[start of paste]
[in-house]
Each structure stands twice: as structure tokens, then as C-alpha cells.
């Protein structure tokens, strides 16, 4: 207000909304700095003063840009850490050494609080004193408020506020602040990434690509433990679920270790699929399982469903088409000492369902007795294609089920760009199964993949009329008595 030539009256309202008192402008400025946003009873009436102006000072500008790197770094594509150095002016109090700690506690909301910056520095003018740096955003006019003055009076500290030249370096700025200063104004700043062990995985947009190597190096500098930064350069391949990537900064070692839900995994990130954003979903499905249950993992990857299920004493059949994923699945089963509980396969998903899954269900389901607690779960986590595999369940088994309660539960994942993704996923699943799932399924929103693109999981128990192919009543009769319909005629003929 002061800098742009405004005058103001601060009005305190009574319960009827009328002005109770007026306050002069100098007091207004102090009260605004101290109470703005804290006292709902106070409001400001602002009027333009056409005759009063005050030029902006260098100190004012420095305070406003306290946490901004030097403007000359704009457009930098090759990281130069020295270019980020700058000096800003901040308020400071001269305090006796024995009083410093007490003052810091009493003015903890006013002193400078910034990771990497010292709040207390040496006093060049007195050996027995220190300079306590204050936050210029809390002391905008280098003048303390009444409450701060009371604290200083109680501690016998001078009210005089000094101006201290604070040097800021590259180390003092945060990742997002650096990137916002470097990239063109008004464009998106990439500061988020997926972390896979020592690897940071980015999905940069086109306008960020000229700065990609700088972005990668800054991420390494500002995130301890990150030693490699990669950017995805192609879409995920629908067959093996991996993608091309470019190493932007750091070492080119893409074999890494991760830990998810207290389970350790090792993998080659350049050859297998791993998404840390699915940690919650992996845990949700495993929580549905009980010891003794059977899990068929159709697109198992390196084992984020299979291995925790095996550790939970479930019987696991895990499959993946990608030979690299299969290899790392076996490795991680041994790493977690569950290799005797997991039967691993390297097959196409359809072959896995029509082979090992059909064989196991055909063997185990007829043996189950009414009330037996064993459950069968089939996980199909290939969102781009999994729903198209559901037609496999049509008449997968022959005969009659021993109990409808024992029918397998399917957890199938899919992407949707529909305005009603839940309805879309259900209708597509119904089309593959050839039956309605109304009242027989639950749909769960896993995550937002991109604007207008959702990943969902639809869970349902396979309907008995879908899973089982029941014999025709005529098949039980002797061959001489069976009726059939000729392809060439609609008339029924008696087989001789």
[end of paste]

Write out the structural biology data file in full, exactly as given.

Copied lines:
[in-house]
Each structure stands twice: as structure tokens, then as C-alpha cells.
């Protein structure tokens, strides 16, 4: 207000909304700095003063840009850490050494609080004193408020506020602040990434690509433990679920270790699929399982469903088409000492369902007795294609089920760009199964993949009329008595 030539009256309202008192402008400025946003009873009436102006000072500008790197770094594509150095002016109090700690506690909301910056520095003018740096955003006019003055009076500290030249370096700025200063104004700043062990995985947009190597190096500098930064350069391949990537900064070692839900995994990130954003979903499905249950993992990857299920004493059949994923699945089963509980396969998903899954269900389901607690779960986590595999369940088994309660539960994942993704996923699943799932399924929103693109999981128990192919009543009769319909005629003929 002061800098742009405004005058103001601060009005305190009574319960009827009328002005109770007026306050002069100098007091207004102090009260605004101290109470703005804290006292709902106070409001400001602002009027333009056409005759009063005050030029902006260098100190004012420095305070406003306290946490901004030097403007000359704009457009930098090759990281130069020295270019980020700058000096800003901040308020400071001269305090006796024995009083410093007490003052810091009493003015903890006013002193400078910034990771990497010292709040207390040496006093060049007195050996027995220190300079306590204050936050210029809390002391905008280098003048303390009444409450701060009371604290200083109680501690016998001078009210005089000094101006201290604070040097800021590259180390003092945060990742997002650096990137916002470097990239063109008004464009998106990439500061988020997926972390896979020592690897940071980015999905940069086109306008960020000229700065990609700088972005990668800054991420390494500002995130301890990150030693490699990669950017995805192609879409995920629908067959093996991996993608091309470019190493932007750091070492080119893409074999890494991760830990998810207290389970350790090792993998080659350049050859297998791993998404840390699915940690919650992996845990949700495993929580549905009980010891003794059977899990068929159709697109198992390196084992984020299979291995925790095996550790939970479930019987696991895990499959993946990608030979690299299969290899790392076996490795991680041994790493977690569950290799005797997991039967691993390297097959196409359809072959896995029509082979090992059909064989196991055909063997185990007829043996189950009414009330037996064993459950069968089939996980199909290939969102781009999994729903198209559901037609496999049509008449997968022959005969009659021993109990409808024992029918397998399917957890199938899919992407949707529909305005009603839940309805879309259900209708597509119904089309593959050839039956309605109304009242027989639950749909769960896993995550937002991109604007207008959702990943969902639809869970349902396979309907008995879908899973089982029941014999025709005529098949039980002797061959001489069976009726059939000729392809060439609609008339029924008696087989001789």